Bisphosphonates in chronic kidney disease; balancing potential benefits and adverse effects on bone and soft tissue
Cardiovascular disease is highly prevalent in chronic kidney disease (CKD) and is often associated with increased vascular stiffness and calcification. Recent studies have suggested a complex interaction between vascular calcification and abnormalities of bone and mineral metabolism, with an inverse relationship between arterial calcification and bone mineral density (BMD). Although osteoporosis is recognized and treated in CKD 1 to 3, the interpretation of BMD levels in the osteoporotic range is controversial in CKD 4, 5, and 5D when renal osteodystrophy is generally present. In addition, there is a paucity of data for patients with CKD mineral and bone disorder (MBD), because studies using bisphosphonates in postmenopausal and glucocorticoid-induced osteoporosis have generally excluded patients with significant CKD. For these patients, treatment of low BMD using standard therapies for osteoporosis is not without potential for harm due to the possibility of worsening low bone turnover, osteomalacia, mixed uraemic osteodystrophy, and of exacerbated hyperparathyroidism; and bisphosphonates should only be used selectively and with caution. Some experimental and clinical studies have also suggested that bisphosphonates may reduce progression of extra-osseous calcification and inhibit the development of atherosclerosis. The authors review the potential benefits and risks associated with bisphosphonate use for bone protection in CKD, and assess their effect on vascular calcification and atherosclerosis.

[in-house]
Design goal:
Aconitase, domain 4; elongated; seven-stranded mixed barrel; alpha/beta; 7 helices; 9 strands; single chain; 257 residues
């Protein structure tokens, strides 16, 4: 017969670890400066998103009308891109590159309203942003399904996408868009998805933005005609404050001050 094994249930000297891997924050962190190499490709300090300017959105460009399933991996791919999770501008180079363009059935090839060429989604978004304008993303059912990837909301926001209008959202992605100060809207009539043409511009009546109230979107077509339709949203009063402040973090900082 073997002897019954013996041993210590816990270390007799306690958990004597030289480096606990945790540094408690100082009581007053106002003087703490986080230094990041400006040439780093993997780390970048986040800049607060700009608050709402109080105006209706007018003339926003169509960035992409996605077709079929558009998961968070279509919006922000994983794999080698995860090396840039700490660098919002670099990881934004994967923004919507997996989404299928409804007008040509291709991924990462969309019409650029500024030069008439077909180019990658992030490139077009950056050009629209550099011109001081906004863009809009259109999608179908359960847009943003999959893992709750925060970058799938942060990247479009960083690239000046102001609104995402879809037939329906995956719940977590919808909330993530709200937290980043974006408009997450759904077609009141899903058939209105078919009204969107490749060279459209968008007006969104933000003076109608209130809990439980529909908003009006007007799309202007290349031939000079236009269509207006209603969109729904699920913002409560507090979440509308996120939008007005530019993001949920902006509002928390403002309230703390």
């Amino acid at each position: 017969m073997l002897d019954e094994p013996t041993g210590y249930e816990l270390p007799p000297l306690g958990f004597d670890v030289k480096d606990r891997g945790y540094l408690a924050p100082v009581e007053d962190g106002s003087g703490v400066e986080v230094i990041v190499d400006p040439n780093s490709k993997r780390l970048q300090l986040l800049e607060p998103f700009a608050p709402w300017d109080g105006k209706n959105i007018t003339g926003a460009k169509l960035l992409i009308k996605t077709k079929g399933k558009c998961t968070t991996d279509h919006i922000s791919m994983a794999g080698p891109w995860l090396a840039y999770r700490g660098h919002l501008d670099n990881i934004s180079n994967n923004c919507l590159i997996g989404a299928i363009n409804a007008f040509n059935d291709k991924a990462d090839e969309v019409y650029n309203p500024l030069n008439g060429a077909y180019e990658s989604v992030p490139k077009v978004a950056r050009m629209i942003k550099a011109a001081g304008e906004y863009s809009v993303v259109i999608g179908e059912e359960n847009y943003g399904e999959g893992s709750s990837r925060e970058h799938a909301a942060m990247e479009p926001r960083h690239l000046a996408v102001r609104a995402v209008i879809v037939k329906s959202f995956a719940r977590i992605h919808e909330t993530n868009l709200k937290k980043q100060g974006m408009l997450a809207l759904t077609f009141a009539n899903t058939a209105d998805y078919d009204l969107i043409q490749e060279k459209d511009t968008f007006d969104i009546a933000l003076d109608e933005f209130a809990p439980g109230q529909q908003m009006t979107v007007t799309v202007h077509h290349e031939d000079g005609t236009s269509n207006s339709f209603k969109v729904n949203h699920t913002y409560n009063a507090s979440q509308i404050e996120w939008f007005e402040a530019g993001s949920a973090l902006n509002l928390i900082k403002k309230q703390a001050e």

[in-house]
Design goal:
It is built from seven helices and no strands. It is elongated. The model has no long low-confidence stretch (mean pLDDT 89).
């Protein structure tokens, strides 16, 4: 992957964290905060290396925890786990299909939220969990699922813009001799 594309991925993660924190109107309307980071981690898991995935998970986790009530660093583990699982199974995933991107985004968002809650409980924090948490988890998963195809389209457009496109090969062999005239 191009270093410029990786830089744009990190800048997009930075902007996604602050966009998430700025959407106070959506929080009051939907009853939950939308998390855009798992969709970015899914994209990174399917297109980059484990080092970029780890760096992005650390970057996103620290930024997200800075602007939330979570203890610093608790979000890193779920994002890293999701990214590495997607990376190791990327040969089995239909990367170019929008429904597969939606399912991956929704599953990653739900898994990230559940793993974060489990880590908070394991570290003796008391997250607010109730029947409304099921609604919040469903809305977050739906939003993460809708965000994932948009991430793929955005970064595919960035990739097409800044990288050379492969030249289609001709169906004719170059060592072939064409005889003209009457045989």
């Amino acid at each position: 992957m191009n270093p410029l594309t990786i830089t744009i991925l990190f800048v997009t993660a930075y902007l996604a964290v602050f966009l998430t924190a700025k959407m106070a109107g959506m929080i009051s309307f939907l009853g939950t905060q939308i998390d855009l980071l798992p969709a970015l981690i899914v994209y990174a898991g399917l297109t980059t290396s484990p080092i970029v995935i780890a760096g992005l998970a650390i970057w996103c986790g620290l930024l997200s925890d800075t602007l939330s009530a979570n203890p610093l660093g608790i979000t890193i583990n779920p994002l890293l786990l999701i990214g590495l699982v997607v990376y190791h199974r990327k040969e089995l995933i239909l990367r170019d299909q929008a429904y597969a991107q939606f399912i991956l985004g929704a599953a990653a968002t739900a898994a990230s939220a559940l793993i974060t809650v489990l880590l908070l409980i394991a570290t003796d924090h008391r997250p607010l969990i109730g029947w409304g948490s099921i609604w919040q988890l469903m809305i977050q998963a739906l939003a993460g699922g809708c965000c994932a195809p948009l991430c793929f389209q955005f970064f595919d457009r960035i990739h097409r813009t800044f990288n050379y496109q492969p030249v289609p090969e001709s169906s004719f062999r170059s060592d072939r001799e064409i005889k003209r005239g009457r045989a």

|Authors||Toussaint, N. D. Elder, G. J. Kerr, P. G.|
|Publisher Name||CLIN J AM SOC NEPHRO|
|Published Date||2009-01-01 00:00:00|
|OpenAccess Link||https://publications.gimr.garvan.org.au/download.php?10079_10195/08 Toussaint CJASN.pdf|